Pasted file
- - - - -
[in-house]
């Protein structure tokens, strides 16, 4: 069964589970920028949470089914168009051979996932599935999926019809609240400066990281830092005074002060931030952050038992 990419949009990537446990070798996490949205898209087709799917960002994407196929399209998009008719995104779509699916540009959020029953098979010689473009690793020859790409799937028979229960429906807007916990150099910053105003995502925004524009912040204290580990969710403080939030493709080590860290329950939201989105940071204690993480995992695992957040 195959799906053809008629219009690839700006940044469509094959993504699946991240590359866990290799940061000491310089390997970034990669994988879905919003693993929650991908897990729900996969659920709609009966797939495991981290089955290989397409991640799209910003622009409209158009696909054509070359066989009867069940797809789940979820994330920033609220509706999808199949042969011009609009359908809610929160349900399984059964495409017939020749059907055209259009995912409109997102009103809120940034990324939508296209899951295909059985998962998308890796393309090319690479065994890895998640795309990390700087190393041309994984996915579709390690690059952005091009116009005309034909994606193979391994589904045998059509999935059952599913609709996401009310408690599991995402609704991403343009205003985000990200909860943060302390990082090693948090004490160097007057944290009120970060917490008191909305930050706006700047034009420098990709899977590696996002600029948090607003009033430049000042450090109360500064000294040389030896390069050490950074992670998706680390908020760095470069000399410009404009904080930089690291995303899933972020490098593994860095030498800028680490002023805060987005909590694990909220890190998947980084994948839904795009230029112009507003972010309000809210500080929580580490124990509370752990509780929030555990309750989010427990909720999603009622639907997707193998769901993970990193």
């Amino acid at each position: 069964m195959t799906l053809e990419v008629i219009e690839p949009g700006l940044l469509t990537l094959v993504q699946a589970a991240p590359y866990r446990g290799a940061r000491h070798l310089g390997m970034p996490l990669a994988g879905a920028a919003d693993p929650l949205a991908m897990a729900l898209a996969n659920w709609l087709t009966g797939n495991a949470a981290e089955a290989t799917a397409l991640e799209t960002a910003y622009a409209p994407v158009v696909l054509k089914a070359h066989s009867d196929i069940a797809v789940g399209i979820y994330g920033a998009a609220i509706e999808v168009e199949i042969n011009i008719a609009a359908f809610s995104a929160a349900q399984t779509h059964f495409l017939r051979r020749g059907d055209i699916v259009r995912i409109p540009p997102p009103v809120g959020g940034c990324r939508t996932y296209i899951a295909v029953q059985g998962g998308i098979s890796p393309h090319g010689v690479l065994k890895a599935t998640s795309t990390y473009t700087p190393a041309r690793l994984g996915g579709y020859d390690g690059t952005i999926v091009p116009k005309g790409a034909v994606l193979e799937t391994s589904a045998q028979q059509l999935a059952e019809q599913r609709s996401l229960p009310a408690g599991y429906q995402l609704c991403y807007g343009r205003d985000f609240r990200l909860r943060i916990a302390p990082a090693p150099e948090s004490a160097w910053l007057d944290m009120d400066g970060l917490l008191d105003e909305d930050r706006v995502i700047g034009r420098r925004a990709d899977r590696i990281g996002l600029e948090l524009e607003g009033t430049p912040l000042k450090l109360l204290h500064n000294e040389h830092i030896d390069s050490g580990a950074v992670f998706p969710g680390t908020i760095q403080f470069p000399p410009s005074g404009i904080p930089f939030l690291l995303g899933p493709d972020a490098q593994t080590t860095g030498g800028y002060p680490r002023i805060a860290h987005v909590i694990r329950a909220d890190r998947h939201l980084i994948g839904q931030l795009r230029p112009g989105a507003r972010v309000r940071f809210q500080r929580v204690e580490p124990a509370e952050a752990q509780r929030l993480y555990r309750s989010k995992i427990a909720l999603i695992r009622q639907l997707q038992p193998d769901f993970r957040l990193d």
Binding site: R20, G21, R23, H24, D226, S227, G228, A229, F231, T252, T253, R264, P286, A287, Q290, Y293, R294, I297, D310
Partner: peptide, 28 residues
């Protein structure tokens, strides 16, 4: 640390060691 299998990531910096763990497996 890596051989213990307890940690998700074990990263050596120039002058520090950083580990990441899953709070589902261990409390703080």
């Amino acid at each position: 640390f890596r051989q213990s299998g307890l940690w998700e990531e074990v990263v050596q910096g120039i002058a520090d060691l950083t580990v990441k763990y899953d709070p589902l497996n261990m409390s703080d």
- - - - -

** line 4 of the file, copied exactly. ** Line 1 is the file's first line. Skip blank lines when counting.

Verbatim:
Binding site: R20, G21, R23, H24, D226, S227, G228, A229, F231, T252, T253, R264, P286, A287, Q290, Y293, R294, I297, D310